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Widely used personal care products may lower pregnancy-supporting hormones, Expert warns

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Jiya Saini
Jiya Saini is a Journalist and Writer at Revyuh.com. She has been working with us since January 2018. After studying at Jamia Millia University, she is fascinated by smart lifestyle and smart living. She covers technology, games, sports and smart living, as well as good experience in press relations. She is also a freelance trainer for macOS and iOS, and In the past, she has worked with various online news magazines in India and Singapore. Email: jiya (at) revyuh (dot) com

Experts recommend looking out for the term “fragrance” — a seemingly innocent word that actually refers to a wide range of hidden compounds.

According to a recent study, pregnant women who use hair dyes or straighteners had lower levels of pregnancy-supporting hormones.

Researchers discovered that females who used particular hair items — colors, bleaches, relaxers, or mousse — had lower levels of many hormones, including estrogen and progesterone, among the over 1,000 pregnant women they studied.

This is concerning because, according to lead researcher and assistant professor Zorimar Rivera-Nunez of Rutgers School of Public Health in Piscataway, N.J., those hormone levels should grow throughout pregnancy.

A previous study has correlated changes in pregnancy hormones to an increased risk of issues like fetal growth abnormalities, preterm birth, and low birth weight, she said.

What role would hair care play? Many chemicals are found in personal care items such as lotions, cleansers, cosmetics, shampoo, and nail polish. They also contain compounds known as “endocrine disruptors,” which interact with the body’s hormonal system.

People can be exposed to endocrine disruptors through food, water, or even the air they breathe, according to the Endocrine Society.

Parabens, phthalates, bisphenol-A, and hazardous metals are some of the most prevalent hormone-disrupting compounds found in personal care products.

Rivera-Nunez added that researchers are still attempting to find exactly how exposure affects human health. It’s complicated, in part, since humans are exposed to a variety of chemicals on a regular basis.

However, research has indicated that when expectant mothers have high amounts of specific endocrine disruptors in their systems during pregnancy, their children are more likely to grow overweight or enter puberty early.

Similarly, there is proof that personal care items, in particular, are linked to potential dangers.

According to a study conducted by the United States government, women who frequently used chemical hair straighteners had a higher risk of cancer than those who did not. Hair colors were also linked to a higher chance of developing the condition, especially among Black women.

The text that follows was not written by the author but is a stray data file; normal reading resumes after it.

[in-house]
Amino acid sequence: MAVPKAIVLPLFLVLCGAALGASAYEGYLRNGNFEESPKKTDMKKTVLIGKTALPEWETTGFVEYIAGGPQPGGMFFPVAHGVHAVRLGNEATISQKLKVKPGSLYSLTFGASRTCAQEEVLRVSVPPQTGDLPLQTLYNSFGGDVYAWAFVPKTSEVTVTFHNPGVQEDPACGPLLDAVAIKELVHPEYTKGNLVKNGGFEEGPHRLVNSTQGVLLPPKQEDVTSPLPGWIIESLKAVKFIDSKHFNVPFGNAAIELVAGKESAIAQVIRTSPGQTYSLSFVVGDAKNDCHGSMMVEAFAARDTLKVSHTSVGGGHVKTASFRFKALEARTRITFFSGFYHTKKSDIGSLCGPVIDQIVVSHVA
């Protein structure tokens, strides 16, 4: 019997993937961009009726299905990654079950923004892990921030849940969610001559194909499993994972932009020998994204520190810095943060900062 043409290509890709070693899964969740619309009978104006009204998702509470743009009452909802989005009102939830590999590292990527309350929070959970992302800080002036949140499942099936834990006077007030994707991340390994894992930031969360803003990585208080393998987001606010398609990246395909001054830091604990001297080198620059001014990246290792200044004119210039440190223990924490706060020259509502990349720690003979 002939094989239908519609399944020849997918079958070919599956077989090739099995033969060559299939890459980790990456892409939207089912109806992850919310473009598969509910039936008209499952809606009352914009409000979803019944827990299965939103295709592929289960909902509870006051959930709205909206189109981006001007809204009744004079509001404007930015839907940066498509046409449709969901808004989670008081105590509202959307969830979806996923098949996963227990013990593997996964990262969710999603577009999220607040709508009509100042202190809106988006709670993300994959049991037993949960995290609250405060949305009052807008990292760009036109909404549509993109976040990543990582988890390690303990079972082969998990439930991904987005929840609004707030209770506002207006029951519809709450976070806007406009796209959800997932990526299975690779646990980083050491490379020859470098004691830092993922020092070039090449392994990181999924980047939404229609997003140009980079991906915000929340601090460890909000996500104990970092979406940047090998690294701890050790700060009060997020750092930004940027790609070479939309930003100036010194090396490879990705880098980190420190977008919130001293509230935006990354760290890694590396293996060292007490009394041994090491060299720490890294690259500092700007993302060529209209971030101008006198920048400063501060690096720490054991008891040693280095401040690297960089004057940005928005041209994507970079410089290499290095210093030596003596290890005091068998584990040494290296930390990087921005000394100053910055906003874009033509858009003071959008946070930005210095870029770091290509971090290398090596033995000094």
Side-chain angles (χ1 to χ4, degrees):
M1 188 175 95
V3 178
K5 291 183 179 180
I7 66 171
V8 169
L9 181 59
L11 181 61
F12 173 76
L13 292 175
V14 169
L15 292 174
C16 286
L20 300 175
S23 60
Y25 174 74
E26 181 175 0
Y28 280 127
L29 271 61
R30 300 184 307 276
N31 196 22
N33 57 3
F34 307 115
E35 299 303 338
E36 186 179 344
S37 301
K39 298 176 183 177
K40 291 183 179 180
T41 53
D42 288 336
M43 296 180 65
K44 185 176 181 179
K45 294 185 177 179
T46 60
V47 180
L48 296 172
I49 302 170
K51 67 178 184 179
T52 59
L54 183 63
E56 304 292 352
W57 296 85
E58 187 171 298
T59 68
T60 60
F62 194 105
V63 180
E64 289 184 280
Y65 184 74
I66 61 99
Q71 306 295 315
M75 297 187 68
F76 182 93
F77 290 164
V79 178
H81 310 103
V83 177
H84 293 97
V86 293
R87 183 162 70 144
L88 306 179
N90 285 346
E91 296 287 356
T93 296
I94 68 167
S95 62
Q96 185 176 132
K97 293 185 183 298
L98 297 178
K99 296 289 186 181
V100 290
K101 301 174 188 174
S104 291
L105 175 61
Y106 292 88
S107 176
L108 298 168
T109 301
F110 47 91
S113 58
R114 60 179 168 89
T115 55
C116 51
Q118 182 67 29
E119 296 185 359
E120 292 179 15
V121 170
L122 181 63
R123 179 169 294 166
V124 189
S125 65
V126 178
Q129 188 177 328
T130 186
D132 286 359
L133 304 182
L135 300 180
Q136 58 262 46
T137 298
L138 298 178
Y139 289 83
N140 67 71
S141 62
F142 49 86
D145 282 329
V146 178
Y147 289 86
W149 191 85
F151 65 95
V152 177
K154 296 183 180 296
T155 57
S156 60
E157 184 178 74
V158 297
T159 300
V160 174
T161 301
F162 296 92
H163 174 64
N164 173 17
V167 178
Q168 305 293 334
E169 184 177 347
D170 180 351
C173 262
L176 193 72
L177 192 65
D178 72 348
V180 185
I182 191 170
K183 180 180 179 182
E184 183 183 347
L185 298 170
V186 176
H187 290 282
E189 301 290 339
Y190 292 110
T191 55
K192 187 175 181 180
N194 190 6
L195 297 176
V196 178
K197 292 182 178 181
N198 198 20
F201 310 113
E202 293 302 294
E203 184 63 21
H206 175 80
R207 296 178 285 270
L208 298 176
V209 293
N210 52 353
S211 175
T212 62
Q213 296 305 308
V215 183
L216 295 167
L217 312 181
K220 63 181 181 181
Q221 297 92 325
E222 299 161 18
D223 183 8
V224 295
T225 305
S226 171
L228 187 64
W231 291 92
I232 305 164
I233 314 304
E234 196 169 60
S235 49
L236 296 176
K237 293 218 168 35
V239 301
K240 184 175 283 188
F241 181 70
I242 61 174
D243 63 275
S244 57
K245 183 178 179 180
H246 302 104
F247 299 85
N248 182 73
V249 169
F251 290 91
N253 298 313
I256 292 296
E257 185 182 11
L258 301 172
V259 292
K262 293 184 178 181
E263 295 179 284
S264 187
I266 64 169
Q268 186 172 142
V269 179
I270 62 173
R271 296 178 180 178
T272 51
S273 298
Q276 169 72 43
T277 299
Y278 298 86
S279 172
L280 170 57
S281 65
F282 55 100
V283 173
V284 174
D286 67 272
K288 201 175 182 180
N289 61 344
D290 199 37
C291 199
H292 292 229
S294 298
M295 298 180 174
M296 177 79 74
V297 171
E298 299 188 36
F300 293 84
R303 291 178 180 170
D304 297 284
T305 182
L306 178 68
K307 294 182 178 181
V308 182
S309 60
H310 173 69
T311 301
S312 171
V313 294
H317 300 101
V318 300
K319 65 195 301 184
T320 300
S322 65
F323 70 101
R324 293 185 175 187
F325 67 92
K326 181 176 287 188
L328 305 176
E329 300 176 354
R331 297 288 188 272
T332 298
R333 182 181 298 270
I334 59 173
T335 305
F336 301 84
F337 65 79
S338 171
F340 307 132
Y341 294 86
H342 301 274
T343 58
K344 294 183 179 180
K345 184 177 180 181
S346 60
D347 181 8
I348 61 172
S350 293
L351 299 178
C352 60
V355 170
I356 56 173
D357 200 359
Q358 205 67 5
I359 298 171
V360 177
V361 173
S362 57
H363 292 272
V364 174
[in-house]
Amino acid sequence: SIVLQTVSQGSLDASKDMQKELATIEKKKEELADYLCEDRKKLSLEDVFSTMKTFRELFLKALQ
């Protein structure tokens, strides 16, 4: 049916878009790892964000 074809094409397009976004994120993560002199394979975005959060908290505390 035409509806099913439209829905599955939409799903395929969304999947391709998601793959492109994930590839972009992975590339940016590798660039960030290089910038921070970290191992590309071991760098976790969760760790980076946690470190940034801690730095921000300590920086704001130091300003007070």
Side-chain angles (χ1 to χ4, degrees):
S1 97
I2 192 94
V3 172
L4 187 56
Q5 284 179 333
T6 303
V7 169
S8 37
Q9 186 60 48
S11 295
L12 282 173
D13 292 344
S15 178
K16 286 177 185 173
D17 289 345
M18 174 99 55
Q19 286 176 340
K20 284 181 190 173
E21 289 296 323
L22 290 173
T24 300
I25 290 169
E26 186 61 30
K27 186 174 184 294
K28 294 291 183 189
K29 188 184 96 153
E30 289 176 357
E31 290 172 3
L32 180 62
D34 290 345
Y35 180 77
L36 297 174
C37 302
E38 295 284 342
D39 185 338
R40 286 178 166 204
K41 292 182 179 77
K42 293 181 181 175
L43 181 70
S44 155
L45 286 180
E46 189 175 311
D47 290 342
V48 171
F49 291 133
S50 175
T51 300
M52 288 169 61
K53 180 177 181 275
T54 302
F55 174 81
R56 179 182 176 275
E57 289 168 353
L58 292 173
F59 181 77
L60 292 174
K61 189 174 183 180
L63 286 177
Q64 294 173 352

In terms of pregnancy, a recent Chinese study indicated that pregnant women who used makeup or face care products often were more likely to have a baby who was tiny for gestational age — a symptom of womb growth restriction.

According to Alexis Temkin, a toxicologist with the nonprofit Environmental Working Group in Washington, D.C., the latest study “fits in well” with the entire body of evidence.

According to Temkin, it connects hair product use to hormonal changes that are consistent with some of the health concerns linked to such products.

The conclusions, which were published in the journal Environmental Research, were based on 1,070 pregnant women in Puerto Rico who visited the study up to three times during their pregnancy.

They filled out questionnaires on personal product use and provided blood samples to test their hormone levels.

Overall, estrogen, progesterone, and testosterone levels were lower in women who said they used “other” hair products compared to nonusers. Dyes, straighteners, bleaches, and mousse were included in this category, but shampoo, conditioner, hair spray, and hair gel were not.

According to Rivera-Nunez, it’s unclear if women who use those hair products are exposed to potentially harmful chemicals or have a higher amount of endocrine disruptor exposure.

Aside from that, there is a slew of other factors that can influence pregnancy hormones.

The researchers took into account all of the characteristics they could, including the women’s pre-pregnancy body weight, income and education levels, and smoking and drinking habits.

But, as Rivera points out, it’s impossible to account for everything.

For the time being, she advises pregnant or planning-to-be-pregnant women to read labels and be careful of what they are putting on their bodies. At the same time, she admits that the labels aren’t always user-friendly.

“The lack of good labeling is a problem,” Rivera-Nunez added.

Temkin warned consumers to be wary of the phrase “fragrance” — a seemingly innocent term that encompasses a vast variety of unknown compounds, some of which may be endocrine disruptors.

Image Credit: Getty

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